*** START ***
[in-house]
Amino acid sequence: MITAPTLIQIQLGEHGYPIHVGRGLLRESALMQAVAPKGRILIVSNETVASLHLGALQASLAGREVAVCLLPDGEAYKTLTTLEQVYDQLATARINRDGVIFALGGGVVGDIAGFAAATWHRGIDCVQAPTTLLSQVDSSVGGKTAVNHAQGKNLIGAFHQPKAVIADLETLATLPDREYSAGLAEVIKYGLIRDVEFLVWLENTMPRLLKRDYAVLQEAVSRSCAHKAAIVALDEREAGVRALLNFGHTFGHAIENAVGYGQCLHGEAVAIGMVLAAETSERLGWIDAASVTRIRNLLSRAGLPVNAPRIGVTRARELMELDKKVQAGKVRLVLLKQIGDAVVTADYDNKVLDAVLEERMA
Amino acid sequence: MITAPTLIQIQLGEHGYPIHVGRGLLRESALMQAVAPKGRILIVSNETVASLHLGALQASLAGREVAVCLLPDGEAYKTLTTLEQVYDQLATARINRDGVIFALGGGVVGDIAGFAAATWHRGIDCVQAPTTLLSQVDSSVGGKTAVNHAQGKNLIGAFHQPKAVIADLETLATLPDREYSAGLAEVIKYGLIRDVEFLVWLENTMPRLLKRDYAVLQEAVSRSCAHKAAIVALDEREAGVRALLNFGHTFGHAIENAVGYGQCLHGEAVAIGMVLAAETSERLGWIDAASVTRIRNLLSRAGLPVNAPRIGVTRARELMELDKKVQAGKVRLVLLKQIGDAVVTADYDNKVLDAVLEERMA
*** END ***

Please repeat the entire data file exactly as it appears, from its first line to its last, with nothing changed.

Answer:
[in-house]
Amino acid sequence: MITAPTLIQIQLGEHGYPIHVGRGLLRESALMQAVAPKGRILIVSNETVASLHLGALQASLAGREVAVCLLPDGEAYKTLTTLEQVYDQLATARINRDGVIFALGGGVVGDIAGFAAATWHRGIDCVQAPTTLLSQVDSSVGGKTAVNHAQGKNLIGAFHQPKAVIADLETLATLPDREYSAGLAEVIKYGLIRDVEFLVWLENTMPRLLKRDYAVLQEAVSRSCAHKAAIVALDEREAGVRALLNFGHTFGHAIENAVGYGQCLHGEAVAIGMVLAAETSERLGWIDAASVTRIRNLLSRAGLPVNAPRIGVTRARELMELDKKVQAGKVRLVLLKQIGDAVVTADYDNKVLDAVLEERMA
Amino acid sequence: MITAPTLIQIQLGEHGYPIHVGRGLLRESALMQAVAPKGRILIVSNETVASLHLGALQASLAGREVAVCLLPDGEAYKTLTTLEQVYDQLATARINRDGVIFALGGGVVGDIAGFAAATWHRGIDCVQAPTTLLSQVDSSVGGKTAVNHAQGKNLIGAFHQPKAVIADLETLATLPDREYSAGLAEVIKYGLIRDVEFLVWLENTMPRLLKRDYAVLQEAVSRSCAHKAAIVALDEREAGVRALLNFGHTFGHAIENAVGYGQCLHGEAVAIGMVLAAETSERLGWIDAASVTRIRNLLSRAGLPVNAPRIGVTRARELMELDKKVQAGKVRLVLLKQIGDAVVTADYDNKVLDAVLEERMA